Trumps tax cuts trouble natural gas pipelines

President Trump’s corporate tax cuts are causing trouble for the natural gas pipeline industry. Don Santa, president of the Interstate Natural Gas Association of America Jan. 30 sent a letter to Federal Energy Regulatory Commission Chairman Kevin McIntyre, released on Monday, calling on the regulators to resist petitions from some gas utility interests, state utility regulators and consumer advocates to reduce pipeline rates to reflect the Trump tax cuts.

In the letter, Santa points to petitions to FERC in January from the American Public Gas Association, the Natural Gas Supply Association, the Process Gas Consumers Group, and various state groups calling on FERC to cut pipeline rates to reflect tax cuts din the Tax Cuts and Jobs Act of 2017. The APGA, which represents municipal natural gas distribution utilities, says, “Smaller gas systems almost always pay the maximum ‘recourse’ pipeline rate that is premised on the old higher tax rate. Those rates are now unjust and unreasonable.”

NGSA calls on FERC to “initiate show cause proceedings directed to each interstate natural gas pipeline and storage company … and require each to submit a cost and revenue study demonstrating that its existing rates continue to be just and reasonable, in spite of the changes to taxation implemented under the Tax Act.”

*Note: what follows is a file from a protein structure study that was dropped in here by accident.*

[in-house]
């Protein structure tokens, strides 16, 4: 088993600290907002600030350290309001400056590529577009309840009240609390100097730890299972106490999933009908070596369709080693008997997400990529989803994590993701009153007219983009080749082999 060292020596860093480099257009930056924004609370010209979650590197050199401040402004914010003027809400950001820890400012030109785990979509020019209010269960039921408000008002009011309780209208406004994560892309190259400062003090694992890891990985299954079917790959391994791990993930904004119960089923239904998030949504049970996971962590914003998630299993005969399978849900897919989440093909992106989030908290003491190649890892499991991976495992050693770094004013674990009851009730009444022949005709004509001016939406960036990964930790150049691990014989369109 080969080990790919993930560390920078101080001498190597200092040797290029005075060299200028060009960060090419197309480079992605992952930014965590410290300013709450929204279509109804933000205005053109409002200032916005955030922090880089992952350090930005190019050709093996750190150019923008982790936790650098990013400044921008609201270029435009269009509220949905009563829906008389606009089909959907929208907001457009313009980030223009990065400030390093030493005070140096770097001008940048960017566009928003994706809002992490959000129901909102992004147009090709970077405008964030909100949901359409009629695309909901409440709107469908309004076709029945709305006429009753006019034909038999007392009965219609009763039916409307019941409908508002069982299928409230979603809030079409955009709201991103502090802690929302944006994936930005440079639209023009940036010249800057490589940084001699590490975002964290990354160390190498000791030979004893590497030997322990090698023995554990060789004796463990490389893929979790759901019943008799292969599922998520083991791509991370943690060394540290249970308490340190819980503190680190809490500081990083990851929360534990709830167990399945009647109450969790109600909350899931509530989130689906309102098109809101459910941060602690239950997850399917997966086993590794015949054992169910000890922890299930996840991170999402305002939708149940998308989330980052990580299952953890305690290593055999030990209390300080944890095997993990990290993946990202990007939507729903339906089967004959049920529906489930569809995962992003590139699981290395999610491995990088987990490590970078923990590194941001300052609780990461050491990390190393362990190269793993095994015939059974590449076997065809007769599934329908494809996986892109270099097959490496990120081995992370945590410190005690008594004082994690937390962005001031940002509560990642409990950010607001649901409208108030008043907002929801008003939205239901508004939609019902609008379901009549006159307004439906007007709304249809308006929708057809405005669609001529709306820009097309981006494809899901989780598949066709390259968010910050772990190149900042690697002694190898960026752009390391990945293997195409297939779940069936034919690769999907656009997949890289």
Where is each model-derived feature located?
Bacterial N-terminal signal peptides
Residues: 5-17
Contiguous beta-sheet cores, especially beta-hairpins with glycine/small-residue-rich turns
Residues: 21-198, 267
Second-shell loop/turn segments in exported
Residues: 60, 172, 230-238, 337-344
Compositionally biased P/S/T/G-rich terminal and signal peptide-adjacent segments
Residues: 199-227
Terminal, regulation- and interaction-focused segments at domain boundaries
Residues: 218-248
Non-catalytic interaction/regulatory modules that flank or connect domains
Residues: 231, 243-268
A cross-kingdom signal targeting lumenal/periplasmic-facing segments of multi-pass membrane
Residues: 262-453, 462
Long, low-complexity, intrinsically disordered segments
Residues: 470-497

INGAA’s Don Santa

INGAA’s letter argues that “application of the changes resulting from the TCIA to the rates of interstate natural gas pipelines will not be as straightforward as APGA and others suggest.” Santa, a former FERC commissioner, says, “As the commission knows, whether a rate is just and reasonable is determined by the end result, that is, the overall rate and not any individual component of that rate.”

Interstate gas pipelines, Santa added, are in competitive markets “that may not be faced by regulated utilities with franchised service territories. Pipelines often must meet competition by providing transportation and/or storage services to customers at discounted or below maximum negotiated rates.”

The customer groups, Santa said, “are requsting inappropriately that the commission compel rates to be adjusted to reflect the reduction in income taxes without consideration of pipelines’ other costs of service components.”

APGA called on FERC to “take immediate action” to lower pipeline rates. The group says rates could be lowered by five to nine percent. The filing also calls on FERC to support changes in the Natural Gas Act that would give the federal regulators authority to order refunds in pipeline proceedings, as it does for electricity.

Santa said FERC should follow its normal process in examining the impact of income tax cuts on pipelines. “Full rate case proceedings are the preferred method for revising rates”, he said, “because ‘all components of the cost of service may be considered and any decreases in an individual cost component can be offset against increases in other cost components.’”

Santa said, “Section 5 of the NGA provides a mechanism for APGA and others to challenge whether the rates of an individual pipeline are just and reasonable. A full section 5 proceeding will examine the effect of the tax rate in the context of a pipeline’s overall business.”

— Kennedy Maize

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